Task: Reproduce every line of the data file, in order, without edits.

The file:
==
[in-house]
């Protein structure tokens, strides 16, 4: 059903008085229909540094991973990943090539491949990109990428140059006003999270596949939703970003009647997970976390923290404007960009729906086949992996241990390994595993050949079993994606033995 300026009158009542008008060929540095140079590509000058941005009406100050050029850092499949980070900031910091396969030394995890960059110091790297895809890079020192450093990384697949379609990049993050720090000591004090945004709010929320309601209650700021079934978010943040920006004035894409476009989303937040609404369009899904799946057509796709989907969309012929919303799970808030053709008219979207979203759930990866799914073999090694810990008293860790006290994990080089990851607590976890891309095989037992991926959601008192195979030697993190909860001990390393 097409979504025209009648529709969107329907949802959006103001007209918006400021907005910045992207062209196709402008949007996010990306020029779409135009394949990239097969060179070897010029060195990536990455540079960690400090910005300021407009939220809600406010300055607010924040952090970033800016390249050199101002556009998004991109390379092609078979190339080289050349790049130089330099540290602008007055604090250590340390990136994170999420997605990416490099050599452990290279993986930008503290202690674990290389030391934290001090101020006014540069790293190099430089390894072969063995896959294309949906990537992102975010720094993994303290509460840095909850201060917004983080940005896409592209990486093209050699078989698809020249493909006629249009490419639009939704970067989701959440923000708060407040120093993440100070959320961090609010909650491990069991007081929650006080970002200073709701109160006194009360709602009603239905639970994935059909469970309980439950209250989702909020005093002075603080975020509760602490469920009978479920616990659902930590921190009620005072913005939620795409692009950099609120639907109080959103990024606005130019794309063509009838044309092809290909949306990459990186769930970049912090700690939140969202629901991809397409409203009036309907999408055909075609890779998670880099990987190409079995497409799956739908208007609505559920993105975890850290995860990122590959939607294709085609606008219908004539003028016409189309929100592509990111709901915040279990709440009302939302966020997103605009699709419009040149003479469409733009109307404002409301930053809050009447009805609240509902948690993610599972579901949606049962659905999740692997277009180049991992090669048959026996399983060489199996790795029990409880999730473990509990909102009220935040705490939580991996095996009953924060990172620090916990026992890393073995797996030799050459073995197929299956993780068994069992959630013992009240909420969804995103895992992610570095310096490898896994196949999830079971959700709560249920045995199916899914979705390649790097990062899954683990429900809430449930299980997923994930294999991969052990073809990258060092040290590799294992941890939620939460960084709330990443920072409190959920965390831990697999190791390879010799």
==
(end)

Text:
[in-house]
């Protein structure tokens, strides 16, 4: 059903008085229909540094991973990943090539491949990109990428140059006003999270596949939703970003009647997970976390923290404007960009729906086949992996241990390994595993050949079993994606033995 300026009158009542008008060929540095140079590509000058941005009406100050050029850092499949980070900031910091396969030394995890960059110091790297895809890079020192450093990384697949379609990049993050720090000591004090945004709010929320309601209650700021079934978010943040920006004035894409476009989303937040609404369009899904799946057509796709989907969309012929919303799970808030053709008219979207979203759930990866799914073999090694810990008293860790006290994990080089990851607590976890891309095989037992991926959601008192195979030697993190909860001990390393 097409979504025209009648529709969107329907949802959006103001007209918006400021907005910045992207062209196709402008949007996010990306020029779409135009394949990239097969060179070897010029060195990536990455540079960690400090910005300021407009939220809600406010300055607010924040952090970033800016390249050199101002556009998004991109390379092609078979190339080289050349790049130089330099540290602008007055604090250590340390990136994170999420997605990416490099050599452990290279993986930008503290202690674990290389030391934290001090101020006014540069790293190099430089390894072969063995896959294309949906990537992102975010720094993994303290509460840095909850201060917004983080940005896409592209990486093209050699078989698809020249493909006629249009490419639009939704970067989701959440923000708060407040120093993440100070959320961090609010909650491990069991007081929650006080970002200073709701109160006194009360709602009603239905639970994935059909469970309980439950209250989702909020005093002075603080975020509760602490469920009978479920616990659902930590921190009620005072913005939620795409692009950099609120639907109080959103990024606005130019794309063509009838044309092809290909949306990459990186769930970049912090700690939140969202629901991809397409409203009036309907999408055909075609890779998670880099990987190409079995497409799956739908208007609505559920993105975890850290995860990122590959939607294709085609606008219908004539003028016409189309929100592509990111709901915040279990709440009302939302966020997103605009699709419009040149003479469409733009109307404002409301930053809050009447009805609240509902948690993610599972579901949606049962659905999740692997277009180049991992090669048959026996399983060489199996790795029990409880999730473990509990909102009220935040705490939580991996095996009953924060990172620090916990026992890393073995797996030799050459073995197929299956993780068994069992959630013992009240909420969804995103895992992610570095310096490898896994196949999830079971959700709560249920045995199916899914979705390649790097990062899954683990429900809430449930299980997923994930294999991969052990073809990258060092040290590799294992941890939620939460960084709330990443920072409190959920965390831990697999190791390879010799």